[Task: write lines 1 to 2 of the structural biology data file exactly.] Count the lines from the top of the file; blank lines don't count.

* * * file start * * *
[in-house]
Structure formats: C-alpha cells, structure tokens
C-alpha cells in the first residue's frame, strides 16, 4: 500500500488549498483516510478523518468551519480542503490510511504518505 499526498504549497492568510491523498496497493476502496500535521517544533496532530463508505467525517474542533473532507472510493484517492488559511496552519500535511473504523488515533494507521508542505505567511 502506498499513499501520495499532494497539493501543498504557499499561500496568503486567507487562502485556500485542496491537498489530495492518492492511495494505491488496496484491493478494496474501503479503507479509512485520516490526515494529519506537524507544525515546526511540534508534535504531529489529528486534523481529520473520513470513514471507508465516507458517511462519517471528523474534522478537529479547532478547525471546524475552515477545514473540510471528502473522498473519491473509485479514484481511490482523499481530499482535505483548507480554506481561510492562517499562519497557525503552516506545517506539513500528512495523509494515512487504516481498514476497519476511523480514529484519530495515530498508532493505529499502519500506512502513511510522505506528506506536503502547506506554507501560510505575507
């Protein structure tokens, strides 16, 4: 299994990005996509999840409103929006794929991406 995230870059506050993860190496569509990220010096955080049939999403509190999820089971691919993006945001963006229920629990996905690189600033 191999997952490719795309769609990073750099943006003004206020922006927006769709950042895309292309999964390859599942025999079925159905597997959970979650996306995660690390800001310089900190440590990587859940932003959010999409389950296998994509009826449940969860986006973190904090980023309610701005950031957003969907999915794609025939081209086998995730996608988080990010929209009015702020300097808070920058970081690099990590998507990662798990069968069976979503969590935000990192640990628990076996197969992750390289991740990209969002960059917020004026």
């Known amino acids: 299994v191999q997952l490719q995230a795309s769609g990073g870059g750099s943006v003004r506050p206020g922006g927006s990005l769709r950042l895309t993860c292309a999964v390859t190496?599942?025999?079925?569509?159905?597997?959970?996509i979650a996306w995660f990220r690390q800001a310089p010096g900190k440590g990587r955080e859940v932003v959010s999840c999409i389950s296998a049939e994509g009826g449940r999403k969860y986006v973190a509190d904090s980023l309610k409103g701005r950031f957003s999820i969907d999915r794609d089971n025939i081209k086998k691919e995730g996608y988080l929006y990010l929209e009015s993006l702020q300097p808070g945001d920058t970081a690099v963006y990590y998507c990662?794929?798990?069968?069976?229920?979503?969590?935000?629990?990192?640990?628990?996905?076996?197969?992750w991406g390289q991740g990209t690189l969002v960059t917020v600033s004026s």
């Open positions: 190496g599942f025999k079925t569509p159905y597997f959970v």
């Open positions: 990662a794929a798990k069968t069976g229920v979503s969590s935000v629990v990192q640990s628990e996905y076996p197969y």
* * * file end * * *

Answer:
[in-house]
Structure formats: C-alpha cells, structure tokens